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Ulbricht found guilty of all charges in Silk Road case

Joab Jackson | Feb. 5, 2015
The prosecution based its case largely on digital evidence.

After little more than three hours of deliberation, a Manhattan jury found Ross Ulbricht guilty Wednesday on all counts related to running the notorious Silk Road online market.

Ulbricht was found guilty of narcotics conspiracy, engaging in a continuing criminal enterprise, conspiracy to commit computer hacking, and money laundering. He faces a maximum of life in prison.

"Ulbricht built this black market bazaar to exploit the dark web and the digital currency bitcoin to allow users to conduct illegal business beyond the reach of law enforcement," Preet Bharara, the U.S. attorney in Manhattan, said in a statement.

The conviction sends a "clear message" to anyone else running an online criminal enterprise, he said. "The supposed anonymity of the dark web is not a protective shield from arrest and prosecution."

Ulbricht had pleaded not guilty to all charges in the case, heard at the U.S. District Court in Manhattan.

Over the course of three weeks, federal prosecutors carefully constructed a case consisting mostly of digital evidence, that indicated that Ulbricht had maintained Silk Road, which prosecutors estimated had facilitated the sale ofmore than $213 million worth of drugs and other unlawful goods.

Throughout the trial, Ulbricht's lawyer, Joshua Dratel, maintained Ulbricht had handed off the site to other operators shortly after he started it in 2011, and that he rejoined immediately prior to his arrest, lured back in by the new operators to serve as a fall guy.

In his closing remarks Tuesday, Dratel offered no new explanation for key issues raised at trial, such as how the evidence of Silk Road's operations landed on Ulbricht's computer. He didn't need to, he told to the jury: It was up to prosecutors to prove that Ulbricht was guilty "beyond a reasonable doubt." Dratel suggested a number of ways that such evidence could have been forged, which raised enough doubt, he said, not to convict Ulbricht.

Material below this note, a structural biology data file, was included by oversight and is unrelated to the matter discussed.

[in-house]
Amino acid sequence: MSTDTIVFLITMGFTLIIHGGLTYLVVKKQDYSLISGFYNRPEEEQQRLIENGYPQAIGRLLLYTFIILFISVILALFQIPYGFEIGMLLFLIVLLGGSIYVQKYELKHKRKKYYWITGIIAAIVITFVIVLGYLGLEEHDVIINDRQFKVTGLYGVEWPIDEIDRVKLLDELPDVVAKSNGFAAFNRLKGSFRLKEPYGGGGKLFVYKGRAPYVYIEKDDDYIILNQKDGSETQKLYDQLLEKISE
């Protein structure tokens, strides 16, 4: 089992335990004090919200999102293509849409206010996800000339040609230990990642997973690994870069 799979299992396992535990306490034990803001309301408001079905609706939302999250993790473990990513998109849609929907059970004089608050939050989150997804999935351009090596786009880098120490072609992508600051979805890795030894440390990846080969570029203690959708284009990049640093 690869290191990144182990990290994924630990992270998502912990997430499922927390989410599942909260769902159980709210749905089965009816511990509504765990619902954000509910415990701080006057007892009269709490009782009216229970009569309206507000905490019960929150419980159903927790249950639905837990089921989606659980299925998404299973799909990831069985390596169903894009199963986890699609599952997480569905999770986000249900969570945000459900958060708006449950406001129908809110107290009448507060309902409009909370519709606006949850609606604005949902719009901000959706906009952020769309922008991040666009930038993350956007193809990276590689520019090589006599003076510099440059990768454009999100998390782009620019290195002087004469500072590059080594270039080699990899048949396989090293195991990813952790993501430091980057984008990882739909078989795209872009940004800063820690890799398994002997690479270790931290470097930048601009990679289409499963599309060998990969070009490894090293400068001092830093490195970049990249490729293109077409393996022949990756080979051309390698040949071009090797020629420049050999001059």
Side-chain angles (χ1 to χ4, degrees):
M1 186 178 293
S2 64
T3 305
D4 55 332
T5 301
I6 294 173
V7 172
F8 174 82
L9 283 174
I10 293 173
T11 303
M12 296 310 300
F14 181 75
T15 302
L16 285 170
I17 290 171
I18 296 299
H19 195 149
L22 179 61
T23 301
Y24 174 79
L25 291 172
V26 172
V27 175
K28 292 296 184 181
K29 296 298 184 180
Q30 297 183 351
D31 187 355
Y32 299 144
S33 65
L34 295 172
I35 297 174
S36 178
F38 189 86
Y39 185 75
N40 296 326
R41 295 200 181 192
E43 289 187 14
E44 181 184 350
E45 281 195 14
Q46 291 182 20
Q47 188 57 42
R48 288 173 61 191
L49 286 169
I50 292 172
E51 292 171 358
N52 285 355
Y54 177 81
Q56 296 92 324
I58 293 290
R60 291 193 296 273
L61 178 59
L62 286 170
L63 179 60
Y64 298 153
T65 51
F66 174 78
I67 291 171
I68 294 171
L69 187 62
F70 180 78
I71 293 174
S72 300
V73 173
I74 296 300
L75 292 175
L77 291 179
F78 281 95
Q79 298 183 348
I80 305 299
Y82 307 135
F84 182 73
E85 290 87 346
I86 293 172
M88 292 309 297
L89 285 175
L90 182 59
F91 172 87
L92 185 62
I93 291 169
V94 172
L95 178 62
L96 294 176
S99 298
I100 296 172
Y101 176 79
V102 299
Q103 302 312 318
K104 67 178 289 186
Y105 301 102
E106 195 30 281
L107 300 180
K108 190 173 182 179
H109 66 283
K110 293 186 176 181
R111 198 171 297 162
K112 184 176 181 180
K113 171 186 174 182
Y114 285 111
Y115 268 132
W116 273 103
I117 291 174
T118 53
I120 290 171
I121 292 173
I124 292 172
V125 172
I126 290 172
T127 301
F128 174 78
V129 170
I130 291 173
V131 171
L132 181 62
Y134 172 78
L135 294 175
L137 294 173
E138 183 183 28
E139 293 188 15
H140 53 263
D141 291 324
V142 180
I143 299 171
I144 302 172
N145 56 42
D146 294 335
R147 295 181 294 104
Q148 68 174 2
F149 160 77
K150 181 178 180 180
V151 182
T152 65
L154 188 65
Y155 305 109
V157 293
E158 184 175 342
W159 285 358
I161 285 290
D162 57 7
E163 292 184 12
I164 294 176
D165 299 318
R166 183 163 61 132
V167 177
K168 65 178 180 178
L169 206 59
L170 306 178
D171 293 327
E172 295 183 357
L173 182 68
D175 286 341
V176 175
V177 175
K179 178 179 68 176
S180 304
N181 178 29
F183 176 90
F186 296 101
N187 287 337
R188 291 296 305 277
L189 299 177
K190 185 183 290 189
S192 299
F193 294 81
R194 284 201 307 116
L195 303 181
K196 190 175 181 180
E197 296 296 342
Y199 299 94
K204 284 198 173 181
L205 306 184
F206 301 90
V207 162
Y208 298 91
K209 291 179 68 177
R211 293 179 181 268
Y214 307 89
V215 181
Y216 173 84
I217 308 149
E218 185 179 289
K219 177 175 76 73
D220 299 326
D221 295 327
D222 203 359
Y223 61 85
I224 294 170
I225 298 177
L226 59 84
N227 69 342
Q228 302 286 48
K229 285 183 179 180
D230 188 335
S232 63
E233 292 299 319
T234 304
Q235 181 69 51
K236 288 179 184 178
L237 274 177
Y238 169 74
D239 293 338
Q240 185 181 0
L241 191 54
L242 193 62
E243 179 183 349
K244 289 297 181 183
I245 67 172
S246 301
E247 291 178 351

That argument didn't sway the jury, which found the overwhelming amount of evidence presented sufficient to convict Ulbricht.

"At issue here was that the defendant thought he could hide on the Internet, behind email and websites, and argue that [prosecutors] could never prove it was him. And they showed that they could," said Peter Skinner, a former prosecutor with the U.S. Attorney's Office who is now a practicing partner for Boies, Schiller and Flexner.

On Oct. 1, 2013, Ulbricht was arrested in a San Francisco library while logged on to the Silk Road under the administrative user name Dread Pirate Roberts. He was using his own laptop, which turned out to contain a treasure-trove of evidence linking Dread Pirate Roberts to Silk Road and Ulbricht to Dread Pirate Roberts.

 

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